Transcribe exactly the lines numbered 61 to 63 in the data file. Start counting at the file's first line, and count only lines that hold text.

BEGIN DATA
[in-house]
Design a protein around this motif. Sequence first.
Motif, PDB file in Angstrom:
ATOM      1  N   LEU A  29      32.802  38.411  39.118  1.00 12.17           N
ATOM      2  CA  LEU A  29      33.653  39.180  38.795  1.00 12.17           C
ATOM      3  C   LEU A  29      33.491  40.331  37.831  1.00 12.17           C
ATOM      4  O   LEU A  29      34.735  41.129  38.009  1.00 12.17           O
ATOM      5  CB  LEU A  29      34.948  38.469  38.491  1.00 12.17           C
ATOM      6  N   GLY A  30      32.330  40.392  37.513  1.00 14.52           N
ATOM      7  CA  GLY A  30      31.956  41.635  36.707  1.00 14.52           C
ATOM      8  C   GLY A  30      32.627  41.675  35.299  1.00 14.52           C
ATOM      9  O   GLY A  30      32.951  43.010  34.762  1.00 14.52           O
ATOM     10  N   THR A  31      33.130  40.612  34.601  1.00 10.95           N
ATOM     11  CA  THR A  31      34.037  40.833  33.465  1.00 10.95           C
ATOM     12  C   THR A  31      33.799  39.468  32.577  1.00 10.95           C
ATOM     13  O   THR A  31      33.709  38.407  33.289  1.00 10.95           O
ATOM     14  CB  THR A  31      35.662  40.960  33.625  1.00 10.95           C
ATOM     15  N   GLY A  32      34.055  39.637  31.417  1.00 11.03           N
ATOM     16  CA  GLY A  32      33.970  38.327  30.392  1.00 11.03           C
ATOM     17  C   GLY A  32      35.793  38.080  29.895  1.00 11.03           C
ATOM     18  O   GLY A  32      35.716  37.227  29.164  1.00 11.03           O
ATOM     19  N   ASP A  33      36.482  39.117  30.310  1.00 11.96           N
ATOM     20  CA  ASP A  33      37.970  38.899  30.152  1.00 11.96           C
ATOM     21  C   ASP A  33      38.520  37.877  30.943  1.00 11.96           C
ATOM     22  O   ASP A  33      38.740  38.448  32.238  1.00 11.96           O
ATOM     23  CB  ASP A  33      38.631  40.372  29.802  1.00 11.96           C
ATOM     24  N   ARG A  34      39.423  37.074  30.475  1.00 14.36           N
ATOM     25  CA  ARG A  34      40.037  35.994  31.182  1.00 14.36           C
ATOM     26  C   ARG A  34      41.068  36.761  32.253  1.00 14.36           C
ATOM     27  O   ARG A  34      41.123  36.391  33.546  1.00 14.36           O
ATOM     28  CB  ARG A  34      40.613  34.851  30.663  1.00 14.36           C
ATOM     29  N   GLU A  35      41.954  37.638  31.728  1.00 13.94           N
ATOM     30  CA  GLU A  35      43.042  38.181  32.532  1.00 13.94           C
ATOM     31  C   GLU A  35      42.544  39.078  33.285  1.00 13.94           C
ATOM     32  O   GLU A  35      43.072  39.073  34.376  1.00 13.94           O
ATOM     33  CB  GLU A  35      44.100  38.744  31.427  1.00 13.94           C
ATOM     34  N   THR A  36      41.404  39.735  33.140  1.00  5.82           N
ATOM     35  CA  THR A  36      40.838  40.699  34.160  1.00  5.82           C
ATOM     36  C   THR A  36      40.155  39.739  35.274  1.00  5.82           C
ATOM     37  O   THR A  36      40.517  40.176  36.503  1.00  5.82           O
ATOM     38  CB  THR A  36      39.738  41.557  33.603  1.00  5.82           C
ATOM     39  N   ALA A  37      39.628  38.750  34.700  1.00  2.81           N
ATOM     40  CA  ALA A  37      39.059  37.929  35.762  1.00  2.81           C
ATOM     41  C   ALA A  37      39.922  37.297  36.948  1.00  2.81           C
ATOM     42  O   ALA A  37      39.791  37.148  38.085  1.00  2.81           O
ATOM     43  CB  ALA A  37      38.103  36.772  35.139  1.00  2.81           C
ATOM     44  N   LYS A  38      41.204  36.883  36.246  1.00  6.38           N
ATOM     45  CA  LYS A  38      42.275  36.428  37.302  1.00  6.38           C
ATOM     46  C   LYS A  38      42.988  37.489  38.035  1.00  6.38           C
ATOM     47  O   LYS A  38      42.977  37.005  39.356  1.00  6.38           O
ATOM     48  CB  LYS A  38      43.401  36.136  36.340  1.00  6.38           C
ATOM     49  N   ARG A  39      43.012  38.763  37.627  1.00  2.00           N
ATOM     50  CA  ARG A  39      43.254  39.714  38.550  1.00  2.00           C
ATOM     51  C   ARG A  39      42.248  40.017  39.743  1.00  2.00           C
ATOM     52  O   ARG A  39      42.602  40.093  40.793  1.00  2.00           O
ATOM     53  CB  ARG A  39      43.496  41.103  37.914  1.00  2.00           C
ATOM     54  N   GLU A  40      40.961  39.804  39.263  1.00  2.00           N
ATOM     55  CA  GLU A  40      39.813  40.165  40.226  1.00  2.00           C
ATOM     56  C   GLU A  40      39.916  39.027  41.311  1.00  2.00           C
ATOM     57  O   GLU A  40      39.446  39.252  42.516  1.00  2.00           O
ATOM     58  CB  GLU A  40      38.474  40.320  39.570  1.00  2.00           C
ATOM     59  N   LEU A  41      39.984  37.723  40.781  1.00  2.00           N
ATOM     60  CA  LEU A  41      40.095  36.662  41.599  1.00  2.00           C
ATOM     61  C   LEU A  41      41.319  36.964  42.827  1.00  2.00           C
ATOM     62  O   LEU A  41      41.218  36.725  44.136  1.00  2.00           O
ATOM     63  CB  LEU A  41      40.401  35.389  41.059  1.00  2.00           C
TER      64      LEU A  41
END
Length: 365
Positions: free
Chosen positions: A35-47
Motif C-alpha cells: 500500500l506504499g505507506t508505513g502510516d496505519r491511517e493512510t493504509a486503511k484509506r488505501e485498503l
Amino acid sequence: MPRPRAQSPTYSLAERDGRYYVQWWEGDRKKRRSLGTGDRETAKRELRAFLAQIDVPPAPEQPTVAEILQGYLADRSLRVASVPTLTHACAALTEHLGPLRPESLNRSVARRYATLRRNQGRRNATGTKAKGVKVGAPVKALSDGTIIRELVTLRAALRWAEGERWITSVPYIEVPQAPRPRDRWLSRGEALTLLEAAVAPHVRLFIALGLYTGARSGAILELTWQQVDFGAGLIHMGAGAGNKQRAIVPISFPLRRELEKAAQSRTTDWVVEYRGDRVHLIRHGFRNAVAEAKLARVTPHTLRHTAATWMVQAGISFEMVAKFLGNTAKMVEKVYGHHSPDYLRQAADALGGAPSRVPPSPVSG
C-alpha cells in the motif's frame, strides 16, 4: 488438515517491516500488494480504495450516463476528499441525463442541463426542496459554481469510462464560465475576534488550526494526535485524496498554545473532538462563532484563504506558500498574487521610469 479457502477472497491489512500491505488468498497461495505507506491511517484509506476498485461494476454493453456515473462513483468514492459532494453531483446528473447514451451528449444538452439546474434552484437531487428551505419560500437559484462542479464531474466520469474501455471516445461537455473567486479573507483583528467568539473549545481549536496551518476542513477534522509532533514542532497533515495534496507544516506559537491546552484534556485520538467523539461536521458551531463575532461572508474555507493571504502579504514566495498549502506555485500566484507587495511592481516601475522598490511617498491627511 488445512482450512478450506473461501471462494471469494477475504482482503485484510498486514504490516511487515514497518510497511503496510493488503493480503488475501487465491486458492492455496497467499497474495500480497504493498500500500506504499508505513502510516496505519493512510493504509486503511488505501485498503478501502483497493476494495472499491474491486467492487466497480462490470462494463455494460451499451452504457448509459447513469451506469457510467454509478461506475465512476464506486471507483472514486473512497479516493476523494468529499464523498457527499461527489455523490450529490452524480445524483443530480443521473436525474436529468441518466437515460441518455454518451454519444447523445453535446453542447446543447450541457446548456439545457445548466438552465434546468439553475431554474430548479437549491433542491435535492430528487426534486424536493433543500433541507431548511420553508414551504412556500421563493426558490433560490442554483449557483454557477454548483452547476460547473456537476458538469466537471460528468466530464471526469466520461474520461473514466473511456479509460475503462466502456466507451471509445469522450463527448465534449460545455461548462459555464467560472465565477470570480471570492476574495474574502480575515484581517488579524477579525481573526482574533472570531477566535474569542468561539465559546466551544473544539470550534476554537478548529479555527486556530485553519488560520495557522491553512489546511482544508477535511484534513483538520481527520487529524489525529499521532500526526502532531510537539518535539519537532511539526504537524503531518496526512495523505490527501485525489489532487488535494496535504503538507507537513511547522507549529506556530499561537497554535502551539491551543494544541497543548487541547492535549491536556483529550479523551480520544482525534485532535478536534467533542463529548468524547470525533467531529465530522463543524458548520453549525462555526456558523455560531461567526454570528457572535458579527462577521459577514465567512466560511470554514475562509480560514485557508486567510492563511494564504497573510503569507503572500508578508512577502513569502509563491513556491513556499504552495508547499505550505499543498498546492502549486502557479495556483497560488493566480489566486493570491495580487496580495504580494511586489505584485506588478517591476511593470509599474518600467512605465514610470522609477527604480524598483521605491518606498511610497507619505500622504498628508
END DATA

ATOM     58  CB  GLU A  40      38.474  40.320  39.570  1.00  2.00           C
ATOM     59  N   LEU A  41      39.984  37.723  40.781  1.00  2.00           N
ATOM     60  CA  LEU A  41      40.095  36.662  41.599  1.00  2.00           C